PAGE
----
To some, the outreach to space by billionaires Jeff Bezos and Richard Branson seems like a fantasy come true for two very rich men having fun at their expense. Some wonder why they are not spending their huge riches on problems on earth.
I would disagree. I am awed by their sense of adventure, even at the risk of their own lives and a few others. I refuse to judge their philanthropy or lack thereof. In Bezos’ case, his purchase of The Washington Post in 2013 for $250 million was a gift to democracy by preserving a world-class newspaper.
Bezos and Branson are keeping the space program alive, something the federal government is doing in fits and starts. The glory days of exploration into the space and the moon landings are gone, unfortunately. The scientific advancements revealed during our exciting and stirring journeys into space were many.
It is part of the American psyche to push the boundaries of knowledge and discovery. Bezos and Branson, using their own money, energy and creativity, are continuing a claim on the future. They are doing what the federal government feels impeded by lack of funding to pursue.
And, yes, it’s entirely possible that the two incorrigible entrepreneurs will make even more money by offering space travel on a commercial basis. So what? They invested their own money in charting a new path for entry into our wondrous horizon.
Are there incredibly difficult problems affecting our fractious nation in terms of poverty, income equality, education and global warming?
Should our wealthy citizens donate great sums of money to seek solutions to what seem like insurmountable problems?
Yes and yes.
But these folks, with eye-catching net worth, are entitled to fulfill their dreams and childhood fantasies. They are entitled to use their sizable egos and undaunted ambitions to focus on the unknown, the mystical and the mysterious. They are “pushing the envelope,” the boundaries of what we aspire to know and understand.
They are well-heeled pioneers. Good for them.
It is always easy, too easy, to criticize those people who have accomplished incredible feats and accumulated equally impressive wealth. Jealousy and dislike are in play here.
I prefer to admire Bezos and Branson and commend their outsized achievements, potentially enabling more available and accessible space travel, changing the whole concept of vacations and mind-expanding experiences.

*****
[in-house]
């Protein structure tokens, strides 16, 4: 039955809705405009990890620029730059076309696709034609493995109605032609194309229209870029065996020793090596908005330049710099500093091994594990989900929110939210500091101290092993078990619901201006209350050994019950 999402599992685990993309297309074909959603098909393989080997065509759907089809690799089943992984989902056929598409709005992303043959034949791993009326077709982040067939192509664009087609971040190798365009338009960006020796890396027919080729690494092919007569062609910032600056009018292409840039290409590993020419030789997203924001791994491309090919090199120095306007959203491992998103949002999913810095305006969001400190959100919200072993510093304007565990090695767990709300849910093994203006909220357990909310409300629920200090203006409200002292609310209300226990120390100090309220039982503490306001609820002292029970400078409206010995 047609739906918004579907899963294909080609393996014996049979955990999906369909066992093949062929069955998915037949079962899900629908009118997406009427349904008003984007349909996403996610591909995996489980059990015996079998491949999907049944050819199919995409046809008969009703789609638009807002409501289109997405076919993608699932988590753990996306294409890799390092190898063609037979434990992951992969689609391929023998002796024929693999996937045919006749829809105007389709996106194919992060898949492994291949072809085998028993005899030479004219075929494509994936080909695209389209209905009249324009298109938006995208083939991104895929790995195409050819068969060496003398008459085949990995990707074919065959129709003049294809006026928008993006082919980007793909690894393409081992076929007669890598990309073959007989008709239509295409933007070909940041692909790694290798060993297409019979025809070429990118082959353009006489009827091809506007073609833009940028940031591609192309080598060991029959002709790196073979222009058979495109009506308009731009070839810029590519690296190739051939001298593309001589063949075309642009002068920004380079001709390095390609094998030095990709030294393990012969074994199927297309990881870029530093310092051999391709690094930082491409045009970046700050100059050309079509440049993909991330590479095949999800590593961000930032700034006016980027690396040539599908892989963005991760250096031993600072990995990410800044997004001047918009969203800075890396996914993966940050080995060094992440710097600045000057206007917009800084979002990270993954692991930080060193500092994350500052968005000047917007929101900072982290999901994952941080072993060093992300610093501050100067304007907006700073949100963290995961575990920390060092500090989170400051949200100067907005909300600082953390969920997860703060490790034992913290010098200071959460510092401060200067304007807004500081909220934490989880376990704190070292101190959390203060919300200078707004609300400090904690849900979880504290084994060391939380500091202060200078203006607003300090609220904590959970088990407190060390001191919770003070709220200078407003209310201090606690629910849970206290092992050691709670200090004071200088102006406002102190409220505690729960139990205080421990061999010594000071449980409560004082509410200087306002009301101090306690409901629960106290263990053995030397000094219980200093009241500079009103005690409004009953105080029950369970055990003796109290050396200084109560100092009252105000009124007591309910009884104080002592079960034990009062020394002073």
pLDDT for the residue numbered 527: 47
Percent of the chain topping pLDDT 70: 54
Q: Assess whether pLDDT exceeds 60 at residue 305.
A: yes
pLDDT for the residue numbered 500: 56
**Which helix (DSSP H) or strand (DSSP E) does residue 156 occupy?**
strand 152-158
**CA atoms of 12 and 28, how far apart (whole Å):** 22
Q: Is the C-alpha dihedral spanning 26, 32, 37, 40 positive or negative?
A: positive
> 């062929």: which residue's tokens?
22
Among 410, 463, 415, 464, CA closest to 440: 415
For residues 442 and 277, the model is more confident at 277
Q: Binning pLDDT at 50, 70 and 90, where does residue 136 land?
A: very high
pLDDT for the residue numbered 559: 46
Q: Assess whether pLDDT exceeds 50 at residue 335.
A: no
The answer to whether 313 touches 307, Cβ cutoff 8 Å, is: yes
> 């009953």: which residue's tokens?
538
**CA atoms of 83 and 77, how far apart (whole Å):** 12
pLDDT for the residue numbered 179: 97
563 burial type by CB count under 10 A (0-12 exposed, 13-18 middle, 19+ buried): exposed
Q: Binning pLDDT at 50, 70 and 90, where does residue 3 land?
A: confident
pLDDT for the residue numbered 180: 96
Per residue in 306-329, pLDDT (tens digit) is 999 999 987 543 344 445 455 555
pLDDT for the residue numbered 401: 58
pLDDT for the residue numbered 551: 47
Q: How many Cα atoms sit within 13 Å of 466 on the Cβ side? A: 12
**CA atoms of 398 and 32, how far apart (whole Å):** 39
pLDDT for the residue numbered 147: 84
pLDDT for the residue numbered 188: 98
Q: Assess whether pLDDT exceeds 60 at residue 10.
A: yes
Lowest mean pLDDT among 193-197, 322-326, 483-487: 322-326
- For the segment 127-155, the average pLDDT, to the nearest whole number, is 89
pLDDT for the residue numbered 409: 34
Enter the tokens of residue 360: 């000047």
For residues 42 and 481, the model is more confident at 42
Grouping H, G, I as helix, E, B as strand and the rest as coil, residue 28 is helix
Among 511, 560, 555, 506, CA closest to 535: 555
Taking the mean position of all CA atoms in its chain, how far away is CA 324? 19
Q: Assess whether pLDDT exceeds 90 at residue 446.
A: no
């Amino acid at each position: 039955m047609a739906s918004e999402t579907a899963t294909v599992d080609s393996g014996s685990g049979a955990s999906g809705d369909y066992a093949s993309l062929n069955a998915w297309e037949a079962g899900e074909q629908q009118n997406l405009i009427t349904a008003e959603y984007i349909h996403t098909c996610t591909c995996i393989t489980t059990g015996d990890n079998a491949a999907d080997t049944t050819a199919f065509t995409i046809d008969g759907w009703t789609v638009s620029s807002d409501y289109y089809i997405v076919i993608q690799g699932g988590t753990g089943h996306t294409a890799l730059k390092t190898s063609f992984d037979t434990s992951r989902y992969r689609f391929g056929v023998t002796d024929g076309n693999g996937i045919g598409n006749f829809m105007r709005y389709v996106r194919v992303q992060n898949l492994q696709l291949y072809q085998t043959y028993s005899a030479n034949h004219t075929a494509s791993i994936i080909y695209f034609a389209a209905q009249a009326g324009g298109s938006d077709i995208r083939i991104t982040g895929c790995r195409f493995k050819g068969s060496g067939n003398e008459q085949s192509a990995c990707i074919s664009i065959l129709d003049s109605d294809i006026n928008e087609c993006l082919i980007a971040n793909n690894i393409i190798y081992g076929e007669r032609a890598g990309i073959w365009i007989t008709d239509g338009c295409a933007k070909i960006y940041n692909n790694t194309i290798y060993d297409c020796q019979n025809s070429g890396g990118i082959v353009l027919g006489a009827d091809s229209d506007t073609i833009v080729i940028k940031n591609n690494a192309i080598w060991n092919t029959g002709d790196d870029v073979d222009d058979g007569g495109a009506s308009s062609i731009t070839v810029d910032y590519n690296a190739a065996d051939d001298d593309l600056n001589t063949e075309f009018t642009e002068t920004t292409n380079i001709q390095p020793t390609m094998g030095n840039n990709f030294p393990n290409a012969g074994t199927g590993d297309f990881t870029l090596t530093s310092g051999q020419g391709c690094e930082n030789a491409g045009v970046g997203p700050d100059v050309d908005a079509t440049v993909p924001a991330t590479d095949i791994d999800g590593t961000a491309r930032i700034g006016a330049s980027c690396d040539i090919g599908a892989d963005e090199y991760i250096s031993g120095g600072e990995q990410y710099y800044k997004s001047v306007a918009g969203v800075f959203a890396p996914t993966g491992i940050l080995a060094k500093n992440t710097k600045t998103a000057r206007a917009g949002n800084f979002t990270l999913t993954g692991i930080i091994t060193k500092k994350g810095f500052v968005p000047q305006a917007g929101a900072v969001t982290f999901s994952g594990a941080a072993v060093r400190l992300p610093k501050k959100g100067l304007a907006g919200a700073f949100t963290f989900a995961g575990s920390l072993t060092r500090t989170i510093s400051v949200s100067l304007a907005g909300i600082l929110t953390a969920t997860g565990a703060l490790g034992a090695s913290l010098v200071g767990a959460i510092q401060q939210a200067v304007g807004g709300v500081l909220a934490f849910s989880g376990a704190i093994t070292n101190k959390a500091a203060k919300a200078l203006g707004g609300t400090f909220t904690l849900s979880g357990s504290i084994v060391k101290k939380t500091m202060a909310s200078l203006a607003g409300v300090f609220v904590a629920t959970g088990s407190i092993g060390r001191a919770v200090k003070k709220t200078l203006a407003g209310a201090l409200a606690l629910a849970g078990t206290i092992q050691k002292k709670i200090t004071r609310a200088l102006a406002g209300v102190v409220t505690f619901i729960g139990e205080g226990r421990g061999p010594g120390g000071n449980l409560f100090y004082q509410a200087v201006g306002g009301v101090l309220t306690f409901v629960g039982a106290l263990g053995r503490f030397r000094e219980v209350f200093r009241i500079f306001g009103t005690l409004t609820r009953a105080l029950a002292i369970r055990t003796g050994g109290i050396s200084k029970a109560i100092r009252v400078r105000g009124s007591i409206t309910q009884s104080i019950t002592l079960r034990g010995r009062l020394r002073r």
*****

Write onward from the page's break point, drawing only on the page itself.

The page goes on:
While I realize that passengers on the B&B flights must pay six figures to get a seat—far from offering equal access to less wealthy Americans—I believe that the technological know-how and employment opportunities outweigh the elitist aspects of space travel. Outer space, not deeply reached by recent flights—is a frontier that produces unimaginable economic and scientific breakthroughs.
If I wandered into the world of cynicism, I could make the case that escaping the bonds of earth provides a way to flee our constant problems and rancor. But I will not do that. It would be too facile.
I would appeal to Jeff Bezos to pay some attention to worldly problems, using his success in e-commerce to improve the lives of people unable to receive Amazon packages frequently on their doorsteps. I would ask him to determine if his employees are treated fairly, and whether communities in which Amazon has warehouses and offices have benefited in some way by a very lucrative corporation.
Lastly, I urge these two billionaires to continue to follow their dreams and aspirations and do so as safely as possible. In this case, ignore competition with each other and Elon Musk if it means only ego satisfaction to the exclusion of safety and passenger security.
And one more thing, if I may: share your findings and inventions with federal government to enhance its expertise in space travel. Yes, I ask that you be generous in allowing all of us to fully understand what you have accomplished.
Columnist Howard Freedlander retired in 2011 as Deputy State Treasurer of the State of Maryland. Previously, he was the executive officer of the Maryland National Guard. He also served as community editor for Chesapeake Publishing, lastly at the Queen Anne’s Record-Observer. In retirement, Howard serves on the boards of several non-profits on the Eastern Shore, Annapolis and Philadelphia.